Source: Ministry of Foreign Affairs of the Nagorno-Karabakh Republic

Original Document in Russian: Bishkek Protocol

Feb 101994
 

The European Parliament,

— having regard to its previous resolutions on the situation in Armenia, especially its resolution of 16 September 1993 on Armenia and Azerbaijan (‘),

A. having regard to the continuing conflict between Armenians and Azeris which threatens to involve other countries, which has driven hundreds of thousands of people, both Armenians and Azeris, from their homes, and which has already led to hundreds of deaths and injuries among the civilian population,

B. whereas the Azerbaijani air force has resumed its bombing of civilians, particularly in the town of Stepanakert,

C. whereas the negotiating proposals made by the CSCE have come to nothing and have in particular been rejected by Azerbaijan,

D. whereas there is an urgent need for international humanitarian aid for the populations affected in Armenia and Azerbaijan and a need for the neighbouring countries to permit international humanitarian organizations free access to the region; whereas, in particular, suitable aid should be provided to the Armenian people, who are facing difficult living conditions this winter, owing, in particular, to the energy crisis,

E. whereas Armenia has, since independence, made genuine efforts to construct a constitutional state based on democratic institutions, the free exercise of fundamental freedoms and human rights and has undertaken economic reforms to create the most favourable conditions for the population; whereas these efforts are threatened by the effects of the conflicts,

F. whereas these conflicts are having the same disastrous effects on Azerbaijan and, to a lesser extent, the other countries of the region,

G. recalling the communique of 17 January 1994 by the Presidency of the European Union on this matter,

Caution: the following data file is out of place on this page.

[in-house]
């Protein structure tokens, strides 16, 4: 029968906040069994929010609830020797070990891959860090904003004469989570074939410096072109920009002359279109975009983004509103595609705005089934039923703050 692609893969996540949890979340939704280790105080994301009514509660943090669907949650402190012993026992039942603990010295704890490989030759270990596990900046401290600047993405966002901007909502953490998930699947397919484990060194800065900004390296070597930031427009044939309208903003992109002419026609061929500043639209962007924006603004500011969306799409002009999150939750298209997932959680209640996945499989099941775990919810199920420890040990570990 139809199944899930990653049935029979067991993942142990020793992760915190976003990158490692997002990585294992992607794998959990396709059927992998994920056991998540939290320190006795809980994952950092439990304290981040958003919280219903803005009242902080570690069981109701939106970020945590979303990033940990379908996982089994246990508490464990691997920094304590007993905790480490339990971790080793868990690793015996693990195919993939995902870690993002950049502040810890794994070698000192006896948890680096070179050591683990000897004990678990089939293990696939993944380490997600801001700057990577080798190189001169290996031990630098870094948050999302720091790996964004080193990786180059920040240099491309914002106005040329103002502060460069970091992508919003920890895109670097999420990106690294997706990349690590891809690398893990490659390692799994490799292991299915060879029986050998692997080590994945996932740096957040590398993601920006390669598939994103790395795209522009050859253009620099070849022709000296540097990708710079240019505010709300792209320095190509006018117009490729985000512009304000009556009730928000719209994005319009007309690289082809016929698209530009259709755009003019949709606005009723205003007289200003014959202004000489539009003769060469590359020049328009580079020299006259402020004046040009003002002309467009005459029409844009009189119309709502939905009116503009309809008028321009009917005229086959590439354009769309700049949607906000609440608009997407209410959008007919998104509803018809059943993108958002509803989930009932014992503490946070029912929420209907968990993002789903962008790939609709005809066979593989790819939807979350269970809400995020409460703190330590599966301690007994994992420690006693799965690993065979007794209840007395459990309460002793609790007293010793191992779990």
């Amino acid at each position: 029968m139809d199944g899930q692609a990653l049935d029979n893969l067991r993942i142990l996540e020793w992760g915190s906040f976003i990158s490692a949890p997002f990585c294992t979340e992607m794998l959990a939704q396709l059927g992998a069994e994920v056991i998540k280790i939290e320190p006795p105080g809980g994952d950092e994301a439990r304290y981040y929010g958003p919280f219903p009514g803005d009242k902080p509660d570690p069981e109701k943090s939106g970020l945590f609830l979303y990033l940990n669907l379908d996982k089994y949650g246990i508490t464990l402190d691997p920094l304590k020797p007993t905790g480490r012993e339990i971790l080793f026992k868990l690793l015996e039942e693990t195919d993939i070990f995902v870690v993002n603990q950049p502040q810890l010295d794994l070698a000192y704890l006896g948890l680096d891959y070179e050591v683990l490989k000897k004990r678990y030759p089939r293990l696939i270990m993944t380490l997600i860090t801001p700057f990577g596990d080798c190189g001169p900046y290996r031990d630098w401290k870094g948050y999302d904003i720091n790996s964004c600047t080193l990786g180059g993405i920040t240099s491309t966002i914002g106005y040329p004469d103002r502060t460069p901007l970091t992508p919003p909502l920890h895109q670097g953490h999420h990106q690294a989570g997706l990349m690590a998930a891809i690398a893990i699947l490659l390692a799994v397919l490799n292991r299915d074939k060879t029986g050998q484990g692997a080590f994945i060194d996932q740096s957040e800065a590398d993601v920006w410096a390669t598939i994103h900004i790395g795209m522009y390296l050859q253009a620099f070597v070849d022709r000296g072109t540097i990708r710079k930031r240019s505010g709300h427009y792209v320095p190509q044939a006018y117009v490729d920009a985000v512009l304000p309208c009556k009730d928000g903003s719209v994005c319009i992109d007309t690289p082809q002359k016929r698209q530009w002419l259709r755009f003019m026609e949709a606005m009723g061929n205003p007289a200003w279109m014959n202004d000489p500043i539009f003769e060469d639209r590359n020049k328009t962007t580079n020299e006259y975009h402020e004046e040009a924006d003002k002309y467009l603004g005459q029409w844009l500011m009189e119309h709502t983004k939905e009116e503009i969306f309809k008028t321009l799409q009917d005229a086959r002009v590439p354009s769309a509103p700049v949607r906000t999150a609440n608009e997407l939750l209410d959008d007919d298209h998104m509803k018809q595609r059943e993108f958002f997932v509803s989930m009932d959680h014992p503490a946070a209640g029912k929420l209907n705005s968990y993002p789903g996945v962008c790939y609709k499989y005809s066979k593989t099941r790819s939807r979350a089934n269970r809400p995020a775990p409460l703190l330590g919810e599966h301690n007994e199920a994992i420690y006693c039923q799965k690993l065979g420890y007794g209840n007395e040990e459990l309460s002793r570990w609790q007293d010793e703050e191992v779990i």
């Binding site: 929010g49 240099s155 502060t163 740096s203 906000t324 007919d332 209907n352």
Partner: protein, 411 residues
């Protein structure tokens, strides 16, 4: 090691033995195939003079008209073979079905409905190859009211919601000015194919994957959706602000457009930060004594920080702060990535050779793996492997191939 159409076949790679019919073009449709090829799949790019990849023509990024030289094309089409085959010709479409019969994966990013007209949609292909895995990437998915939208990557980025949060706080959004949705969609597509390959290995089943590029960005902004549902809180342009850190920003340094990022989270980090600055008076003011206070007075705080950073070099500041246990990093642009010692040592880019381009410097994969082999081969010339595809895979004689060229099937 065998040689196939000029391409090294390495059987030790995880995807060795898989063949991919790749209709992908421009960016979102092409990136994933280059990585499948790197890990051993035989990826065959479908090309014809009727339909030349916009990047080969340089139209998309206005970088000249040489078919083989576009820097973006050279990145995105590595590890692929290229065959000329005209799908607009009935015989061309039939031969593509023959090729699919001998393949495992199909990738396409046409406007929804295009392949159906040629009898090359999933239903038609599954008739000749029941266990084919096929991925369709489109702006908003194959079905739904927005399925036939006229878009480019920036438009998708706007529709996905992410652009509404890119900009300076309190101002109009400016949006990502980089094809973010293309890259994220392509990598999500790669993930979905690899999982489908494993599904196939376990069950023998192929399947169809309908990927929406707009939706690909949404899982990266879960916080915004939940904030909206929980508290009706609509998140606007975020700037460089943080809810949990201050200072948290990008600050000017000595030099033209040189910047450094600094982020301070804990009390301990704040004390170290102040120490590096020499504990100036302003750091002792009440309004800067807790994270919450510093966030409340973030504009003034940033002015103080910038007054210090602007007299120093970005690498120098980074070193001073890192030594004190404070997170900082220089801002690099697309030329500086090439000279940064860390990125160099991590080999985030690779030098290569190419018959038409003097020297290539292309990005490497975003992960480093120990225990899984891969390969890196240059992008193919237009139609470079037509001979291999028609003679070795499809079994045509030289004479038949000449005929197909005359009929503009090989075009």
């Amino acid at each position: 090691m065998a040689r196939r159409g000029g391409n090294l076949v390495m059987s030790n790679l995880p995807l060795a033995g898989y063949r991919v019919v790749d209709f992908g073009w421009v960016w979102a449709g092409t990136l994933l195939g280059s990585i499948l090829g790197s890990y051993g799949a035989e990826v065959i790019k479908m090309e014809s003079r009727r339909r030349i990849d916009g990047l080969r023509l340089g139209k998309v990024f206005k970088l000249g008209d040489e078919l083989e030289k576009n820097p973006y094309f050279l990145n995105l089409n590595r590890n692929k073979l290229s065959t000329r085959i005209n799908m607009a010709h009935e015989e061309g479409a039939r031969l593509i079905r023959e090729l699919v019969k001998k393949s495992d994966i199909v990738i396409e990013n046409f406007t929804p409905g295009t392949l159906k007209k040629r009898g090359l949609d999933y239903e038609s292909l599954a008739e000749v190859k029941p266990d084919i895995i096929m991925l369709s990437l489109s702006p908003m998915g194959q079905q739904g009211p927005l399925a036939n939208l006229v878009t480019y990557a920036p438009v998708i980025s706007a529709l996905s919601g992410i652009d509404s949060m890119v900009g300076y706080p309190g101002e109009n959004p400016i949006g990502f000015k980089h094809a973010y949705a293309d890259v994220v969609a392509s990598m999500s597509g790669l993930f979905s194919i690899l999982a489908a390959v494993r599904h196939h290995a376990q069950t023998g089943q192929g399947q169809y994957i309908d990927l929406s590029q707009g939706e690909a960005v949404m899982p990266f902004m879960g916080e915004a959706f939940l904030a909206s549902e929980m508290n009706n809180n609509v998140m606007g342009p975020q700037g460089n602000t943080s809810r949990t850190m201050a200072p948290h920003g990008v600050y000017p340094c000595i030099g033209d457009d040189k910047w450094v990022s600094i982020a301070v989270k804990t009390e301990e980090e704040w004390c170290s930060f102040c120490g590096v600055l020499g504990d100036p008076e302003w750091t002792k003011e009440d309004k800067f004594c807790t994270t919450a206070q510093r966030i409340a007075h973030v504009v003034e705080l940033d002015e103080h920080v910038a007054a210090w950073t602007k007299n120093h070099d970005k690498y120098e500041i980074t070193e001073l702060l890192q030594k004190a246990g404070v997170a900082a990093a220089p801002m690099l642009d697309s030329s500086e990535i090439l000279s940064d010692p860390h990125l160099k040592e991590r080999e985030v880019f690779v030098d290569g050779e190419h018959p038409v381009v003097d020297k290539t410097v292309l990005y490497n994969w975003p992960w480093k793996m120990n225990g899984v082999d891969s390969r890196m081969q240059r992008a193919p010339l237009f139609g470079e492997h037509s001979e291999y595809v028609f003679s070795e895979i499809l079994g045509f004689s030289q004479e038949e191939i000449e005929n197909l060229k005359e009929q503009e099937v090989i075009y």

1. Is concerned at the danger of the internationalization of the conflict, and calls on the governments of the countries of the region and other foreign powers to refrain from providing military aid to the belligerents;

2. Calls on all the neighbours of Armenia and Azerbaijan and, in particular, on Turkey, to allow the free passage of goods to both countries;

3. Endorses the declaration of the Presidency which ‘requests the opposing parties to display self-control and not inflict further suffering on a civilian population already sorely tried by the war’, and ‘reaffirms its support for the principle of the territorial integrity of Azerbaijan and calls for a peaceful solution to the conflict’;

4. Calls on all parties concerned to comply with the resolutions of the United Nations Security Council;

5. Calls on the Union and its Member States to exert pressure on Armenia and Azerbaijan in order to persuade them to seek a peaceful solution to the conflict;

6. Calls on the European Union and its Member States actively to support the political and economic reform process in Armenia via a more effective commitment in favour of the country under the Tacis programme, and calls on the Union to make a similar effort to support economic recovery in the other countries of the region and, in particular, Azerbaijan, which is more particularly affected by the war;

7. Calls, in this connection, for particular attention to be paid to the energy problem;

8. Instructs its President to forward this resolution to the Council, the Commission, the Governments of Armenia, Azerbaijan and Turkey, the authorities of Nagorno-Karabakh and the Secretary-General of the CSCE.


Source: Resolution B3-0181,0186,0188,0197 and 0204/94 [28.2.94 Official Journal of the European Communities No C 61/171]

File: European Parliament Resolution B3-0181,0186,0188,0197 and 0204/94